The Obesity Epidemic

Pat Garner

It’s that time of year again when the delights and abundance of sugar are all around us. It’s hard to ignore and even harder to pass up. We have all seen people who can eat anything and everything and never gain an ounce. Although this phenomenon is not what it once was. Then there are those who try countless methods of losing weight, including workouts and every diet known to man, but can’t lose the excess fat. What keeps one person thin and fit in an almost effortless way while others simply cannot lose weight – permanently? What influences losing and gaining weight?

It is thought that obesity is caused from too many calories and not enough exercise. While calories do count, they aren’t the cause of obesity. There have been many studies done to disprove how ‘eat less, move more’ isn’t the answer. If a person has some sort of hormonal imbalance, he or she will struggle regardless of calorie restriction and workout routine. It’s that simple.

One example I can think of is from the reality show My 600 Pound Life where morbidly obese people need to drop weight to have bariatric or gastric bypass surgery.  We see these people eat next to nothing and still don’t lose weight. The doctor portrays these people as unmotivated, not having self-control and pretty much tells them “I guess you don’t want to lose weight”. I realize this is made for TV stuff and we don’t know the whole story, but the show doesn’t provide much hope. When the show does a follow up at the end many of the patients gained the weight back. It’s a sad show to watch but this is the world we live in.

When speaking of “hormone imbalance” in relation to weight gain, I am talking about insulin. Insulin is a hormone made by the pancreas that allows your body to use sugar (glucose) from carbohydrates in the food that you eat for energy or to store in the form of fat for future use.  How well insulin is controlled translates into how well you control weight.

If you notice more men and women carry fat around their middle. It used to be more prevalent in menopausal women and men over 50. Now you see the belly fat on everyone! From children to people in their 90’s. The most dangerous type of fat is visceral fat, the type of fat that’s around the belly. This fat is also stored around important organs like the liver, intestines, pancreas and can build up in the arteries. The storage of visceral fat is strongly associated with type 2 diabetes. The good news about visceral fat is as you lose weight that’s the fat to go first.

On January 1, 2017, I started on ketogenic diet and I started intermittent fasting which accelerated my weight/fat loss and my well-being. When I had blood work done my fasting insulin was at 7 and A1c at 5.1. The best measurement of our blood glucose control is the A1c test. It tells us a few things.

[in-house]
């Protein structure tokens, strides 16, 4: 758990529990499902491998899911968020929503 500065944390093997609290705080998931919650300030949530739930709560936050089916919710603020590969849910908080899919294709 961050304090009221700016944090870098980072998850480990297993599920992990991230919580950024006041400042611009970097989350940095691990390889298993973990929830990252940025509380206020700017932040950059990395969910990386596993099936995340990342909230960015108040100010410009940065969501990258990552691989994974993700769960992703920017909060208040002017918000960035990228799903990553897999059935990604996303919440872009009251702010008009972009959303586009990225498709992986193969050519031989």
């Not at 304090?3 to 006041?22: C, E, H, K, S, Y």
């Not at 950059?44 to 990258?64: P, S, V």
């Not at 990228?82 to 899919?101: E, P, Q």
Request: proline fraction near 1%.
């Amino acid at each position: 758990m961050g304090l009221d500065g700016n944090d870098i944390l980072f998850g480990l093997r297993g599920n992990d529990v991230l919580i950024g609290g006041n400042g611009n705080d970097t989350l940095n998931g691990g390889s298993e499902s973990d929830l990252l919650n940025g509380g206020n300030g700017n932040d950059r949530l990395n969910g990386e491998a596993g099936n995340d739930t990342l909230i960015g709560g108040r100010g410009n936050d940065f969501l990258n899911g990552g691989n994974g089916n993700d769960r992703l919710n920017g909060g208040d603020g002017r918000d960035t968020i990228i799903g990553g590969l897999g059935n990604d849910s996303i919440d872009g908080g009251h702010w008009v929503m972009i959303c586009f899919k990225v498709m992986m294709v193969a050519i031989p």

First, how much of our hemoglobin (a protein in red blood cells that carries oxygen) is coated with sugar. Sounds delightful!  Second, it’s a measure of the blood glucose level over a 3-month period. The less glucose that stays in our bloodstream the better we feel now and the better our health.

I had embarked on an extended fast of 6 days with great success and while weight loss was not the primary objective, that was a great side effect. The euphoria kicked in at day 3 and lasted until I ended the fast. I felt fantastic!

I still practice intermittent fasting. I did another round of blood work which showed my fasting insulin at 3 and A1c was 4.6. These results were within 3 months of starting a ketogenic diet.

There are those who say a ketogenic diet is not sustainable. If you listen to your body you’ll be fine.

The big phrase of the day is “follow the science”.  If people can get healthy by changing their diet without the use of medication the drug companies lose. I’m specifically talking about type 2 diabetes, which is related to lifestyle and not type 1 diabetes whereby the body cannot make its own insulin and medication is required.

In the Ketogenic world I would suggest following and reading books from Jimmy Moore, Dr. Jason Fung, Dr. Adam Nally, and Dr. Eric Westman.  I would highly recommend reading KetoClarity by Jimmy Moore and Dr. Eric Westman as well as The Obesity Code – Unlocking the Secrets of Weight Loss by Dr. Jason Fung and Timothy Noakes. Also, The Complete Guide to Fasting – Heal Your Body Through Intermittent, Alternate Day, and Extended Fasting by Dr. Jason Fung and Jimmy Moore. If you really want to go deep into the science read  Good Calories, Bad Calories: Fats, Carbs, and the Controversial Science of Diet and Health by Gary Taubes.

 

 

 

Comments

  1. Joyce L. Shafer says

    Terrific article, Pat. You brought clarity to a situation that confuses and frustrates far too many who’ve been misled by various sources more interested in making money than real differences for people in real need.

    May God cover you with His blessings.

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